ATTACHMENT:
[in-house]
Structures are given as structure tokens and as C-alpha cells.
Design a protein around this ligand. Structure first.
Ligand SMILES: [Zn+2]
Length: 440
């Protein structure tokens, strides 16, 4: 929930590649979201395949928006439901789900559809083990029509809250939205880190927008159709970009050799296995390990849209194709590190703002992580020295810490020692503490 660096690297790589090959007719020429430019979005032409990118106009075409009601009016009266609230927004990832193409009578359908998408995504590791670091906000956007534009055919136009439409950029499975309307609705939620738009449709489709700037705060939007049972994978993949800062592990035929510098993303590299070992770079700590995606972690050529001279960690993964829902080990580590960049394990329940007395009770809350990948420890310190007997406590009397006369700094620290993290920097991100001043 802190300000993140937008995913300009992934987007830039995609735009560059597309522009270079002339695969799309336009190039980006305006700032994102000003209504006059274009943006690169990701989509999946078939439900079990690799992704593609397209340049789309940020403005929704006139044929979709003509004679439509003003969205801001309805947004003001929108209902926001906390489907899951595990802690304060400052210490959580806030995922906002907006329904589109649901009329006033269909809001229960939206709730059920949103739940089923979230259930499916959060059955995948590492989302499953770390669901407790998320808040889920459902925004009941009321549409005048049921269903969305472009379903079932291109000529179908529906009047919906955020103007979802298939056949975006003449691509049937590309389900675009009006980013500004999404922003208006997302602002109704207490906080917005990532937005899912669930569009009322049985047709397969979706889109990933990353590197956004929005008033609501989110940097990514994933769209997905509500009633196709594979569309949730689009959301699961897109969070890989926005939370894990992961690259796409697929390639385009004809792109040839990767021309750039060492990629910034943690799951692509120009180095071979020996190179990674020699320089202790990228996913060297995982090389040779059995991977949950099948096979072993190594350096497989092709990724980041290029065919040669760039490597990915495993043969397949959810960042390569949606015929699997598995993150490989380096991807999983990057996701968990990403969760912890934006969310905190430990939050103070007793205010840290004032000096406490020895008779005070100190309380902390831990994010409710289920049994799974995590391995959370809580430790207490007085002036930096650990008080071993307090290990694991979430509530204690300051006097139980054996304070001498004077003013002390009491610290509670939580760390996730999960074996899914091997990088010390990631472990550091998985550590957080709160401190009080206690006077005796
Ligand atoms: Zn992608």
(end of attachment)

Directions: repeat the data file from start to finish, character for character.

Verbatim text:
[in-house]
Structures are given as structure tokens and as C-alpha cells.
Design a protein around this ligand. Structure first.
Ligand SMILES: [Zn+2]
Length: 440
């Protein structure tokens, strides 16, 4: 929930590649979201395949928006439901789900559809083990029509809250939205880190927008159709970009050799296995390990849209194709590190703002992580020295810490020692503490 660096690297790589090959007719020429430019979005032409990118106009075409009601009016009266609230927004990832193409009578359908998408995504590791670091906000956007534009055919136009439409950029499975309307609705939620738009449709489709700037705060939007049972994978993949800062592990035929510098993303590299070992770079700590995606972690050529001279960690993964829902080990580590960049394990329940007395009770809350990948420890310190007997406590009397006369700094620290993290920097991100001043 802190300000993140937008995913300009992934987007830039995609735009560059597309522009270079002339695969799309336009190039980006305006700032994102000003209504006059274009943006690169990701989509999946078939439900079990690799992704593609397209340049789309940020403005929704006139044929979709003509004679439509003003969205801001309805947004003001929108209902926001906390489907899951595990802690304060400052210490959580806030995922906002907006329904589109649901009329006033269909809001229960939206709730059920949103739940089923979230259930499916959060059955995948590492989302499953770390669901407790998320808040889920459902925004009941009321549409005048049921269903969305472009379903079932291109000529179908529906009047919906955020103007979802298939056949975006003449691509049937590309389900675009009006980013500004999404922003208006997302602002109704207490906080917005990532937005899912669930569009009322049985047709397969979706889109990933990353590197956004929005008033609501989110940097990514994933769209997905509500009633196709594979569309949730689009959301699961897109969070890989926005939370894990992961690259796409697929390639385009004809792109040839990767021309750039060492990629910034943690799951692509120009180095071979020996190179990674020699320089202790990228996913060297995982090389040779059995991977949950099948096979072993190594350096497989092709990724980041290029065919040669760039490597990915495993043969397949959810960042390569949606015929699997598995993150490989380096991807999983990057996701968990990403969760912890934006969310905190430990939050103070007793205010840290004032000096406490020895008779005070100190309380902390831990994010409710289920049994799974995590391995959370809580430790207490007085002036930096650990008080071993307090290990694991979430509530204690300051006097139980054996304070001498004077003013002390009491610290509670939580760390996730999960074996899914091997990088010390990631472990550091998985550590957080709160401190009080206690006077005796
Ligand atoms: Zn992608």